Exclusive Interview: Evie Evil of Evil Beaver

Evie Evil

LOS ANGELES, June 2, 2014 — Evil Beaver is a punk band consisting of a bass player who sings and a drummer. Hailing from the Wicker Park area of Chicago, Evil Beaver formed in 1998 becoming the first bass player/vocalist and drum only punk band. The band is the brainchild of bass player and vocalist, Evie Evil. Wells On Music recently caught up with Evie Evil regarding her band Evil Beaver.

Kevin Wells: Was bass your first instrument?

Evie Evil: Bass, yes, was my first. I started at 17.

KW: What made you want to start playing an instrument?

EE: I wanted to be in a band and I loved the sound of the bass.

KW: What bass players inspire you?

EE: Lemmy, big time.

KW: What bands got you into punk rock?

EE: UK Subs, Motörhead, Nina Hagen, Runaways, Joan Jett, Ramones, Go-Go’s, Black Flag, Bad Brains, L7 (though they kinda got lumped into alternative after Nirvana, but early L7), early Green Day even. But a lot of small bands too like The Traitors, Naked Raygun, Big Black, Rights of the Accused, The Effigies, DA!, The Beernuts. I am from Chicago pretty much all the local Chicago punk bands.

KW: Were you in other bands prior to Evil Beaver?

EE: None, I have only been in Evil Beaver. I was also a fill in bassist for loads of bands, but only in Evil Beaver prior to Evil Beaver.

KW: How did Evil Beaver form?

EE: I just started playing and had a drummer friend who was in the Chicago punk scene. She got us our first gigs and it blew up from there.

KW: What made you want to just have bass and drums?

EE: Looked for a guitar player and no luck. The sound was developed without guitar.

KW: Some of your songs sound like there could be some guitar in there, but it is all just bass on the recordings?

EE: All just bass. But that is the idea, to sound full like it has guitars.
KW: There are two other bands I think of when I think of Evil Beaver. Big Business because when I first saw them live it was just drums and bass and it blew me away. And then Barb Wire Dolls because they just had guitar and drums when I first saw them live. Both bands have since added a guitar and bass, respectively. Do you ever envision adding a guitar to Evil Beaver?

EE: No, we will not. In my opinion that would be a whole other band if we add guitar so, no.

KW: How many drummers have you gone through?

EE: I don’t go through drummers [laughs], but several drummer have performed with me. People/drummers have lives and they play in other bands. Many have left the band, others can’t tour, others are interested in only recording, others move, some got injuries, some retire, some get married, etc. Evil Beaver is basically my artistic vehicle supported by drums. The songs are recorded and then a touring drummer will come with me on the road. Often times in the past and present I am playing drums on the recordings, sometimes I hire a drummer to play my drum parts. There is no set formula for Evil Beaver. I just get the job done whatever is needed at the time.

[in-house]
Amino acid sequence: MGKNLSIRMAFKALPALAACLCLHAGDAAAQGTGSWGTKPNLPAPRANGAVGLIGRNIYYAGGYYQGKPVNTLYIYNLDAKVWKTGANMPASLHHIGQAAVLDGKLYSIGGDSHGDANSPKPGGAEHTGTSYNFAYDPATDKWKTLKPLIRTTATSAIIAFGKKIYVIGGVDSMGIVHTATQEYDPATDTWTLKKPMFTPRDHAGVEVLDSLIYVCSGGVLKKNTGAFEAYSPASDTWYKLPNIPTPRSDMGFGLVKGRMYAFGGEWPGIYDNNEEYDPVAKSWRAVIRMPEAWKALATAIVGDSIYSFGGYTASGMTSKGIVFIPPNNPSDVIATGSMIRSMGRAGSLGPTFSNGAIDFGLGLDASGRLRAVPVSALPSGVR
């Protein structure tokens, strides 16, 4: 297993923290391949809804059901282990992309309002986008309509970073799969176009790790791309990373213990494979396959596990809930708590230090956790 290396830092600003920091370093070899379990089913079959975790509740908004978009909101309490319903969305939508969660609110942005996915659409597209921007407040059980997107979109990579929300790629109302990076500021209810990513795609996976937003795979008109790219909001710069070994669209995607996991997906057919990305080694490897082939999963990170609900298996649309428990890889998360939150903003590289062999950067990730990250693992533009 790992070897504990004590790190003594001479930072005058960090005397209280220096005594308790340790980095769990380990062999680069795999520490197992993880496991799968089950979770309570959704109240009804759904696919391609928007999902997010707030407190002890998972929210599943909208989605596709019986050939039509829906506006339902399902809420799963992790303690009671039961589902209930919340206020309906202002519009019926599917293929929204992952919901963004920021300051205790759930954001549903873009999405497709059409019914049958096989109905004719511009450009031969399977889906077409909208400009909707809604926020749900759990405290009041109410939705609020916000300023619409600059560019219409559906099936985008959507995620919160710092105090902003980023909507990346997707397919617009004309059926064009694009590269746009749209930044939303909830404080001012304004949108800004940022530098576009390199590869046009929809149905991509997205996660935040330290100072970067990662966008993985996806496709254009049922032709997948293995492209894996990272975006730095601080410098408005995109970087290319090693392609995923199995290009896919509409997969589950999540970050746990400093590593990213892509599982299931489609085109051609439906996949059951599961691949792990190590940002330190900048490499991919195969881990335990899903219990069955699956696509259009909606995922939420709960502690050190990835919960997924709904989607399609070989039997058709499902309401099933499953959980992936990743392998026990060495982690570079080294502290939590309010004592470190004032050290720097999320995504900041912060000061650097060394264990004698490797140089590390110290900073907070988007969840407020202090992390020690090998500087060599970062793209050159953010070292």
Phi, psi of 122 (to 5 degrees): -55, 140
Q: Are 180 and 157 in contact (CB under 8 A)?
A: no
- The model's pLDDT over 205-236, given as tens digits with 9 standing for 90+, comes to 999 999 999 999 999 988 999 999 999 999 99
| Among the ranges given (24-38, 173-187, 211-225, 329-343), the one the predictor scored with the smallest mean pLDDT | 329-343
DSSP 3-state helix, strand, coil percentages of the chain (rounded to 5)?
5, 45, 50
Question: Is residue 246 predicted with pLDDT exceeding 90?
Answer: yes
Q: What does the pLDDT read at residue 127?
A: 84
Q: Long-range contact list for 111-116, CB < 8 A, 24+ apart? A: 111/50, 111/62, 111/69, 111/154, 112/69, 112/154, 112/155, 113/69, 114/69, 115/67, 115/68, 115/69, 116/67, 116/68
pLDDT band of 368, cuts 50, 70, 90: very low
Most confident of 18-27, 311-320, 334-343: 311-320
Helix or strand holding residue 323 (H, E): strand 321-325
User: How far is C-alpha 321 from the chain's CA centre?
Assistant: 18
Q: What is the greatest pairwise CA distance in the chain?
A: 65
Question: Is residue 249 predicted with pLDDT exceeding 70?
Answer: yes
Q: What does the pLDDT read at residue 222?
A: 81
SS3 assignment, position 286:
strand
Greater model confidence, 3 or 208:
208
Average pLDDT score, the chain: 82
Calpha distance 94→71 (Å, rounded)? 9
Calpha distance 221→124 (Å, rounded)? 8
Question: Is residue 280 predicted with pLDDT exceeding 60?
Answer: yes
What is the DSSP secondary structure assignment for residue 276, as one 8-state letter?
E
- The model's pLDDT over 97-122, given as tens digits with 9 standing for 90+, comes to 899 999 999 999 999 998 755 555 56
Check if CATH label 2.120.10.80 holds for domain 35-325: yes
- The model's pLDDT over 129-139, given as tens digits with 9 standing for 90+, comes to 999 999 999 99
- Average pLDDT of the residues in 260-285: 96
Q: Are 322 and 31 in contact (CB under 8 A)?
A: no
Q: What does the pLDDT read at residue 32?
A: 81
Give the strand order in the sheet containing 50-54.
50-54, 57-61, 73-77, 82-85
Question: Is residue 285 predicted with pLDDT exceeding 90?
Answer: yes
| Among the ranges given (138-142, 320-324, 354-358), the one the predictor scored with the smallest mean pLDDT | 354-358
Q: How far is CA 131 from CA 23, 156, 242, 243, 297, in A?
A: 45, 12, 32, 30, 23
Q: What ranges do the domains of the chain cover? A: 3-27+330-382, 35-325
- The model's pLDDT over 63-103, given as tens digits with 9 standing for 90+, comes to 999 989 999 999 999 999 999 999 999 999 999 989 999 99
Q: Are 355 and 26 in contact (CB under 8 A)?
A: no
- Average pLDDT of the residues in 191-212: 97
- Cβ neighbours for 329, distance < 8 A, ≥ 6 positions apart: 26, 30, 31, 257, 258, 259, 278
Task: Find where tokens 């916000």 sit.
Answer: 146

KW: Evil Beaver seems to always be playing somewhere. What kind of touring will you be doing for the rest of 2014?

EE: We just wrapped UK and European festivals, Russia and Australia and a handful of U.S.A. dates. Now we finish the U.S.A. Tour June 5th – August 10th and off again abroad. Discussing Japan, Taiwan and Indonesia for November and back to Russia probably in January to support the Bondage Fairies from Sweden. Yes, we are constantly on tour now and recording between tours.

KW: Have you ever played solo shows? Just you and a bass?

EE: Yes, I have and I do often perform solo as Evie Evil.

KW: Is there anything you would like people to know either about you or anything you are working on?

EE: Currently will be releasing the music video for Gross next month. Also recording four new songs this summer after the American tour dates.

Check the Evil Beaver website for their latest news and tour information.

Kevin J. Wells is the Sports Editor for Communities Digital News. He also writes about Major League Baseball, punk rock music and food. Kevin plays guitar in the Los Angeles punk band Emmer Effer. Follow him on Twitter @WellsOnBaseball

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  • Bill Walters

    More dangerous to liberty than the notion of merit-based rewards is the notion of “distributive justice”; a notion that requires each of us be subjected to centralized control.

  • BB

    Before ’98 there had been many bass/vocal; drum punk bands. Places like Providence, New York and Columbus were littered with them.
    I played with Evil Beaver in Frankfurt a few years ago. They were ok I guess.